Child using dustpan and brush cleaning in a Montessori classroom
20 September 2023 - 11:03am

“Humanity shows itself in all its intellectual splendour during this tender age, as the sun shows itself at the dawn, and the flower in the first unfolding of the petals; and we must respect religiously, reverently, these first indications of individuality.”  Dr Maria Montessori

As educators, our most important role is to closely observe and understand the incredible work of the child during their journey towards independence. By observing the unique unfolding of each child’s development, we will find that it is the child who will guide us in our teaching. We will see what the child needs next, we will understand when to prepare the next challenge and we will realise the importance of not interrupting a child during their intense moments of self-development.

The work of the child in the first three years is fundamentally leading towards independence. They achieve this through:

Sensory Experiences: exploring the world through their senses.

  • Auditory (hearing)
  • Tactile (touch)
  • Visual (sight)
  • Olfactory (smell)
  • Gustatory (taste)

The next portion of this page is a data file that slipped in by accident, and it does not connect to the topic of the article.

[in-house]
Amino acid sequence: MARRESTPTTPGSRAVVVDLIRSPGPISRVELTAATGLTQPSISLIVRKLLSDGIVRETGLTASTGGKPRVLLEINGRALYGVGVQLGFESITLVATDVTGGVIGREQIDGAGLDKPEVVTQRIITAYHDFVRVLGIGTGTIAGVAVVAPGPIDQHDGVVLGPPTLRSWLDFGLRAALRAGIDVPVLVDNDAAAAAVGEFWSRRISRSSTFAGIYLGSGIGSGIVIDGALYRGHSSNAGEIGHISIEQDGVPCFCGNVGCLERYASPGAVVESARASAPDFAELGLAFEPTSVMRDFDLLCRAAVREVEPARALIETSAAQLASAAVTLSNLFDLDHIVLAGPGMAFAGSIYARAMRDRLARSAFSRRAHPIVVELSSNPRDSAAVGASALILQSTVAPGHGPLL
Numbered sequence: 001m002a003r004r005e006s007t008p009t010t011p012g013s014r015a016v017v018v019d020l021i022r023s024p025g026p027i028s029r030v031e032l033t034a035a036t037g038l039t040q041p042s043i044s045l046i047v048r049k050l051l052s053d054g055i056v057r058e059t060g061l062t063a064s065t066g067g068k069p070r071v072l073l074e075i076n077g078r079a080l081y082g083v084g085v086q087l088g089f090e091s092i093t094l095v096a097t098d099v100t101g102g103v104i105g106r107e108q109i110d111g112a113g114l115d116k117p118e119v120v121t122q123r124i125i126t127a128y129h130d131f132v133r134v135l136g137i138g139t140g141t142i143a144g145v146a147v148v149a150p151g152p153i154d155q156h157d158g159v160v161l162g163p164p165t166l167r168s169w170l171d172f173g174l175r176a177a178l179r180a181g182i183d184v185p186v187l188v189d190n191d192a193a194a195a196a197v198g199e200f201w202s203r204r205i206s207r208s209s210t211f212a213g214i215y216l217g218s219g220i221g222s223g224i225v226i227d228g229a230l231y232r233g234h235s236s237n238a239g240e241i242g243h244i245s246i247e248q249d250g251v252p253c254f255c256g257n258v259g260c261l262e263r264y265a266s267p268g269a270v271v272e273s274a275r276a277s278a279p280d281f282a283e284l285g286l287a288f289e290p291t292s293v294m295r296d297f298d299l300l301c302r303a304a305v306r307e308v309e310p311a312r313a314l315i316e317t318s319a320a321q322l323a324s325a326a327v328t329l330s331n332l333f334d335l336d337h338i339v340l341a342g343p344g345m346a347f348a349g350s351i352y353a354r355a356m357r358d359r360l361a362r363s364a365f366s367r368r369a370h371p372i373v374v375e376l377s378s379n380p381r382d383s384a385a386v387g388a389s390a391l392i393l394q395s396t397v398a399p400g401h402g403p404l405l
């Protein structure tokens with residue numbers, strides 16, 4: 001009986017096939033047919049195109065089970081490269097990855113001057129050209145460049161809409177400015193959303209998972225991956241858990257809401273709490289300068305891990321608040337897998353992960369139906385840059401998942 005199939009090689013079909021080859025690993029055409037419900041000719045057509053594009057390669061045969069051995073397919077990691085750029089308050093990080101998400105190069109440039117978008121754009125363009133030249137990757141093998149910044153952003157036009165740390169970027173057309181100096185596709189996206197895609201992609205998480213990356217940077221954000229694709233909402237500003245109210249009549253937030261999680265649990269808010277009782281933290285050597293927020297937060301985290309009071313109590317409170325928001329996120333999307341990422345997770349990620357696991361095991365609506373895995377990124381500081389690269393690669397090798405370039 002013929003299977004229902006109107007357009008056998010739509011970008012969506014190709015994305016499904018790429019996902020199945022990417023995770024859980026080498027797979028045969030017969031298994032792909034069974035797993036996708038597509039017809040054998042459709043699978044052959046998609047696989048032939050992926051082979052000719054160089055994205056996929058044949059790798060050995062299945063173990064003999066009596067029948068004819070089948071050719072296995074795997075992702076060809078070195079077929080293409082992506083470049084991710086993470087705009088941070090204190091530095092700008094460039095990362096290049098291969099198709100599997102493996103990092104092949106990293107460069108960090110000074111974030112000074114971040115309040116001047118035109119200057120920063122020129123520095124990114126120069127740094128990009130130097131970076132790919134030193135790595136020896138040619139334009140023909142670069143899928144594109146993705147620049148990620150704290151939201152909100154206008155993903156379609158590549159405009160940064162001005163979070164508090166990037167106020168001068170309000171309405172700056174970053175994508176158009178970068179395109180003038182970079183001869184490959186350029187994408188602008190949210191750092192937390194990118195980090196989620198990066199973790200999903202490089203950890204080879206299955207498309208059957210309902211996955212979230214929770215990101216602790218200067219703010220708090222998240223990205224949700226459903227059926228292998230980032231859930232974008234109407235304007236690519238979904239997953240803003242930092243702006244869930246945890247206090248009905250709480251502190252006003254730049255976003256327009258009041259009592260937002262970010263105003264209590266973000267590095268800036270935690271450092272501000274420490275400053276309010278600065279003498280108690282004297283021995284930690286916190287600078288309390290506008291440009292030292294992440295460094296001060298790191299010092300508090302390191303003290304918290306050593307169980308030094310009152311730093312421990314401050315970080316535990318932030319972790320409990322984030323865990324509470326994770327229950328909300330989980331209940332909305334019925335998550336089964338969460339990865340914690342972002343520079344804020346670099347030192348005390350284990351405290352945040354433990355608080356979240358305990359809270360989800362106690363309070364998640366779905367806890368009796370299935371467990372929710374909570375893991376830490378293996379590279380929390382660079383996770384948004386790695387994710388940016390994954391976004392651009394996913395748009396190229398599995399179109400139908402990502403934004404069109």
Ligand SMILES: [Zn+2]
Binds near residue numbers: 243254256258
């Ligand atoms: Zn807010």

• Vestibular (This system involves the body’s sense of movement and gravity ie. where is the body in relationship to other objects- up, down, left, right, horizontal)
  • Proprioception (Through this system the child receives information from the muscles, joints, and tendons telling the body where it, or the particular body part, is at any given moment.)

Exploration and Experimentation

  • Object permanence
  • Gravity
  • Properties of solid and liquid
  • Cause and Effect


  • Spontaneous immersion of uninterrupted focus


  • Practise and repetition of self-help skills “help me to do it myself.”

Acquisition of Language

  • The child’s absorbent mind will learn language, sound, expression, intonation, grammar, meaning, cultural context.

Movement and motor control

  • Gross motor and fine motor control

If we reflect on the enormous task of the child to become an independent and fully capable human, we should be in awe of their capabilities and as educators we should feel privileged to support their journey. We should marvel at the miracle that is childhood. 

"His own self-development is his true, and only, pleasure." Dr Maria Montessori

Article by Barbara Langford.